Nigel Farage (full speech at CPAC here: )
“Just think what this country gave in WWI and WWII; think of a massive price America paid to get Europe out of its problems. If America hasn’t done those things, Europe would’ve been unlivable for the last 75 years.”
And what does America get for its sacrifice? Other nations take advantage of us. Our own leaders disrespect and defile our country. We are tired of making thankless sacrifices for other nations. We are tired of being insulted by the elites.
We are also facing possibly the most incompetent government in this country’s history. They unleashed crippling inflation, supply shortages, race war, and skyrocketing crime.
The last thing America needs right now is another foreign conflict that involves a country of seemingly no importance. And so, many conservatives are looking for excuses to ignore the barbaric invasion of a sovereign country by a villainous tyrant. “No big deal,” – they say. “It’s just a corrupt country of no geopolitical importance. Getting involved in another foreign war is just one more globalists’ ploy to destroy America.”
Unfortunately, the excuses they come up with are just dangerous myths. Here are just some of those myths that some people repeat, that need to be explained and confronted, in order for us all to avoid a major catastrophe that is mostly a creation of this administration’s ineptitude.
- Ukraine is a corrupt country run by Neo Nazis
One of Putin’s pretexts for the Ukraine invasion – and that’s the one some Americans are buying into – is that the Ukrainian government is infested with Neo-Nazis who mistreat Russian-speaking citizens. American conservatives that take an isolationist position also claim that Ukraine is a corrupt country we shouldn’t care much about.
First off, Ukraine is a small nation that only recently got its independence from the former Soviet Union, trying to develop a successful economy. Ukraine is a young democracy with its share of problems, but it chose a path of freedom and Democracy.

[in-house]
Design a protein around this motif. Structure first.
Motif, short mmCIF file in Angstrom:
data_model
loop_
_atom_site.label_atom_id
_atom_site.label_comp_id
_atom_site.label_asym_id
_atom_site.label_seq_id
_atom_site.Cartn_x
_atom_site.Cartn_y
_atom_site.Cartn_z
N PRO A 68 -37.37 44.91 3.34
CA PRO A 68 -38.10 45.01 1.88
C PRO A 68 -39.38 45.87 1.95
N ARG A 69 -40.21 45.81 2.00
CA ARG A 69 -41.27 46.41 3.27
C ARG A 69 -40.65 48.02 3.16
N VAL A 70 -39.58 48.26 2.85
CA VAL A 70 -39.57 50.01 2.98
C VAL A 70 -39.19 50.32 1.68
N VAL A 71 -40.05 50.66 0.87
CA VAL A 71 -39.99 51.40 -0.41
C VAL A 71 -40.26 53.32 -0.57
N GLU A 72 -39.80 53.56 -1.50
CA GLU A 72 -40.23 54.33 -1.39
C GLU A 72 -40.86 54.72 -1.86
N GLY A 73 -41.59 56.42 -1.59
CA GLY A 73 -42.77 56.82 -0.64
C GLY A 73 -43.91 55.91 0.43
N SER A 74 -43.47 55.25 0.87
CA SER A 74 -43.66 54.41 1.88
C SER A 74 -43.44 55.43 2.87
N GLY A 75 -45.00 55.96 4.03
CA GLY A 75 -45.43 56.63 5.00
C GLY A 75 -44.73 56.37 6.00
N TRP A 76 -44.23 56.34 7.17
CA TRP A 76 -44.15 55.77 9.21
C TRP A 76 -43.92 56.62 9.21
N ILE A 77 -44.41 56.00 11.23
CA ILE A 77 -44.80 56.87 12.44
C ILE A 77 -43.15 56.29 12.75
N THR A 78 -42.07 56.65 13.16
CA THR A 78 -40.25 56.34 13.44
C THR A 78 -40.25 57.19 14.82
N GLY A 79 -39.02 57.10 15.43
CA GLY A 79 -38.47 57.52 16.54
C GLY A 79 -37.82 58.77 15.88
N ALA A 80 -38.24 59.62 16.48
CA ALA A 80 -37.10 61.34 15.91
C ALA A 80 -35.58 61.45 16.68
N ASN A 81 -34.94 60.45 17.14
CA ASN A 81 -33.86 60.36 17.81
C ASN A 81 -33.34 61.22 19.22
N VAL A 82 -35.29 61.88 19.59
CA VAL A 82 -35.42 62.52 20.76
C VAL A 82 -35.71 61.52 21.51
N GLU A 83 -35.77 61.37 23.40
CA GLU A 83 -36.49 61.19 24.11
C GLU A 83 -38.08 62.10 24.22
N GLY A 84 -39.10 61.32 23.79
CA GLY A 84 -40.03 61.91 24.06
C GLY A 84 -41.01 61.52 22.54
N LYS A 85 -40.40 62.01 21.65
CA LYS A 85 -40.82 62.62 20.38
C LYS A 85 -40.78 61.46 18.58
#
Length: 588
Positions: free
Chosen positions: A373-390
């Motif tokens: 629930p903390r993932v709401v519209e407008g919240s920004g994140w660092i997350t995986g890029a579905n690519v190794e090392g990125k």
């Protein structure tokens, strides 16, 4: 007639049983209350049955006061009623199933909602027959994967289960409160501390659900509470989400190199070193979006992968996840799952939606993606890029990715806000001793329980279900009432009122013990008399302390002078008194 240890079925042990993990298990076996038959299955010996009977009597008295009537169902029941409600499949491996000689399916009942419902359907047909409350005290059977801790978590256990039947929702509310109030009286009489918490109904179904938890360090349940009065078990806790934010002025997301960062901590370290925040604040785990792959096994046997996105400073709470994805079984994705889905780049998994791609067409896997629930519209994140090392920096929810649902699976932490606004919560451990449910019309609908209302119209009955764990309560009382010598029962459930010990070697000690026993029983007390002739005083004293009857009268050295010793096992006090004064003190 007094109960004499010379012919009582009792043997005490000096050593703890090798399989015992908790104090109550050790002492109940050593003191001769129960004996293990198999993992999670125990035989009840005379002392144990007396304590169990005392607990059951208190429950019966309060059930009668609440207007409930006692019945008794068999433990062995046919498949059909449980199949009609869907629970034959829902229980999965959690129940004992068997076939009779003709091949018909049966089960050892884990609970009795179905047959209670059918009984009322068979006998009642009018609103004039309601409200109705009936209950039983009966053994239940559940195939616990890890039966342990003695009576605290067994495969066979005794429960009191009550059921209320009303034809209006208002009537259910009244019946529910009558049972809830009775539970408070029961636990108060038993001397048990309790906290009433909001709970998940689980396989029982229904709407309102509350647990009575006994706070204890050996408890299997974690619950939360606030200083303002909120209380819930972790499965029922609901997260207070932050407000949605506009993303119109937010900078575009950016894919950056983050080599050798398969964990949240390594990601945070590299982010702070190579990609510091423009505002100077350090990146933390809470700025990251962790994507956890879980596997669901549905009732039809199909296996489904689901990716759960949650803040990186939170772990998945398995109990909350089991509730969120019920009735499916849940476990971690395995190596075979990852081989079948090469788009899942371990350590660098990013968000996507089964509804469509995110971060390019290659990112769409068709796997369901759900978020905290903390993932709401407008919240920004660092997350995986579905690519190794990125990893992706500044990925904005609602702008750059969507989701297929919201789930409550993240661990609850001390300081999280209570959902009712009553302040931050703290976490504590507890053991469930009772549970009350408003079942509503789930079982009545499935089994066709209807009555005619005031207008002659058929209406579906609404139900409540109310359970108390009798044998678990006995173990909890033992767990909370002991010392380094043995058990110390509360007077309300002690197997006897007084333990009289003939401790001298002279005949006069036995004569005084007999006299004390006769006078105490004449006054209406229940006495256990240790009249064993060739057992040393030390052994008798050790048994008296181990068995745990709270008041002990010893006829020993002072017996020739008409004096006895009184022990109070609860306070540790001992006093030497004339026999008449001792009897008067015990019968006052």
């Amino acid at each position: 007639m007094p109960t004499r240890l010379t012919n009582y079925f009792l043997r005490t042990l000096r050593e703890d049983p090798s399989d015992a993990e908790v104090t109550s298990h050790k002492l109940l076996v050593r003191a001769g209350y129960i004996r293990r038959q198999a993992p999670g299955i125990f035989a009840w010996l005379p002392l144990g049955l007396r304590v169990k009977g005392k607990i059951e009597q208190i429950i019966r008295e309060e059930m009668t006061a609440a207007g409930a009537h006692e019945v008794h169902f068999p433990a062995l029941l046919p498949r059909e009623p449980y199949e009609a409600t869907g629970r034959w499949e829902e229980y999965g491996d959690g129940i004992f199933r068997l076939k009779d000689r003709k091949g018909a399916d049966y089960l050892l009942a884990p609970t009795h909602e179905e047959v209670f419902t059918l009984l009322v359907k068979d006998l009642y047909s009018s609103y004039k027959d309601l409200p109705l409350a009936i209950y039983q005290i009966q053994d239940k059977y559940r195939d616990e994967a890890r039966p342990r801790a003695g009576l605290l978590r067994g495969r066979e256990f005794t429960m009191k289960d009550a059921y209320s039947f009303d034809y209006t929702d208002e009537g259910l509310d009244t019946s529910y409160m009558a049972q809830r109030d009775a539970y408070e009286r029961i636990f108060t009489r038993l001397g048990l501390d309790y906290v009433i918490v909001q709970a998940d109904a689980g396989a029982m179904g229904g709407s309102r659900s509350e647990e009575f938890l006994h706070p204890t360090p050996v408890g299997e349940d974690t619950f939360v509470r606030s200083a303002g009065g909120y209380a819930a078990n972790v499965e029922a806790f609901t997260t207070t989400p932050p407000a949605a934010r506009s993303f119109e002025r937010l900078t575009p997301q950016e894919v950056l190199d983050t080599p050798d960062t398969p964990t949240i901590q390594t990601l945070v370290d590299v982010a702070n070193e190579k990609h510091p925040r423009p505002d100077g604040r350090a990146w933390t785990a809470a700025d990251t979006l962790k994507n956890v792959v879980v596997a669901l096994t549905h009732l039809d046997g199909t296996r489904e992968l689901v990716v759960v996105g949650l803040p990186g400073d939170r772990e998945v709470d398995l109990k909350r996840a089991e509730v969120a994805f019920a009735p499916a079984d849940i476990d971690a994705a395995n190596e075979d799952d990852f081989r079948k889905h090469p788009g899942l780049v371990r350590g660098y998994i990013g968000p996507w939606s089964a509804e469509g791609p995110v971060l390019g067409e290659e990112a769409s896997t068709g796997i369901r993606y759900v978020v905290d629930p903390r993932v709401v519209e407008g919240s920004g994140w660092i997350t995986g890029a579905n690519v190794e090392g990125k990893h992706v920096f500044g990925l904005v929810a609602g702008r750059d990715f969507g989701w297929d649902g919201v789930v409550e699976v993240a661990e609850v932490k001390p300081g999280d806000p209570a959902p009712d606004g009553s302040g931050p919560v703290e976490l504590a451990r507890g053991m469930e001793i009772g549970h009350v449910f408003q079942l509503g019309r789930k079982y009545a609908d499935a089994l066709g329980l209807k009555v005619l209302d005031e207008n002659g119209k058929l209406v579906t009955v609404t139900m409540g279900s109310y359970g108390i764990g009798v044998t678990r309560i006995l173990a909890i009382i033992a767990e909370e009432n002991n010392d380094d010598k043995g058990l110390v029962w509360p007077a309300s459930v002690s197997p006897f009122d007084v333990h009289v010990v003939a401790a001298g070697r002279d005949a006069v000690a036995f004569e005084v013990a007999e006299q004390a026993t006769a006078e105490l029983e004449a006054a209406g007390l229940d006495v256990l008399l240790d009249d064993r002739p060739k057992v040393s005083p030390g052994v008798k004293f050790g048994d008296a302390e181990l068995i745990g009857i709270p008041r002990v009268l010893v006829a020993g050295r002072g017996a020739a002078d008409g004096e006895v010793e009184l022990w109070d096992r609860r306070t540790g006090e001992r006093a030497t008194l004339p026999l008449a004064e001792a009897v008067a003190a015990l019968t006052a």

Russia is a totalitarian society run by a ruthless dictator. Their citizens are subject to constant propaganda, and they are not allowed to criticize their government. Having a thriving Democracy next to Russia is a serious threat to Putin’s regime, and that is the reason he wants to destroy Ukraine.
Regarding the Neo-Nazis: I am not familiar with the cast of the Ukrainian government, and I don’t know if there are any more Neo-Nazis in it than is generally accepted by the civilized society. My friends (some of them Jewish) who still live in Ukraine are not reporting a pressing Neo-Nazi problem. However, no matter who is running Ukraine, it’s up to their own citizens – not to a foreign power – to hold their government accountable. It seems a tad hypocritical to me that the same Americans who wildly oppose US being “the world’s policeman” freely relegated that role to an atrocious tyrant.
- Ukraine invasion is an unimportant regional conflict left over from the time of the Soviet Union; it does not deserve the attention it gets
It is true that there are plenty of regional conflicts around the world (the Donbass region in Ukraine being one of them) that we don’t give a passing thought to. Those conflicts are being fought by guerrilla fighters of the military age. They rarely involve deliberate murder of civilians; even though, sadly, that happens, it’s rarely on a large scale. But the main distinction is those conflicts do not pose the threat to the world order – they only affect the countries involved.
In Ukraine, Putin is destroying cities, indiscriminately bombing civilians, and creating a humanitarian crisis of enormous proportions. The invasion of Ukraine is not a “historically festering regional conflict” – it’s a full-scale attack on a sovereign nation, akin to Saddam Hussein’s invasion of Kuwait in 1990. The media fully covered that event as an unprovoked attack and a violation of international law, and rightly so. The invasion of Ukraine is no different in scale or intent.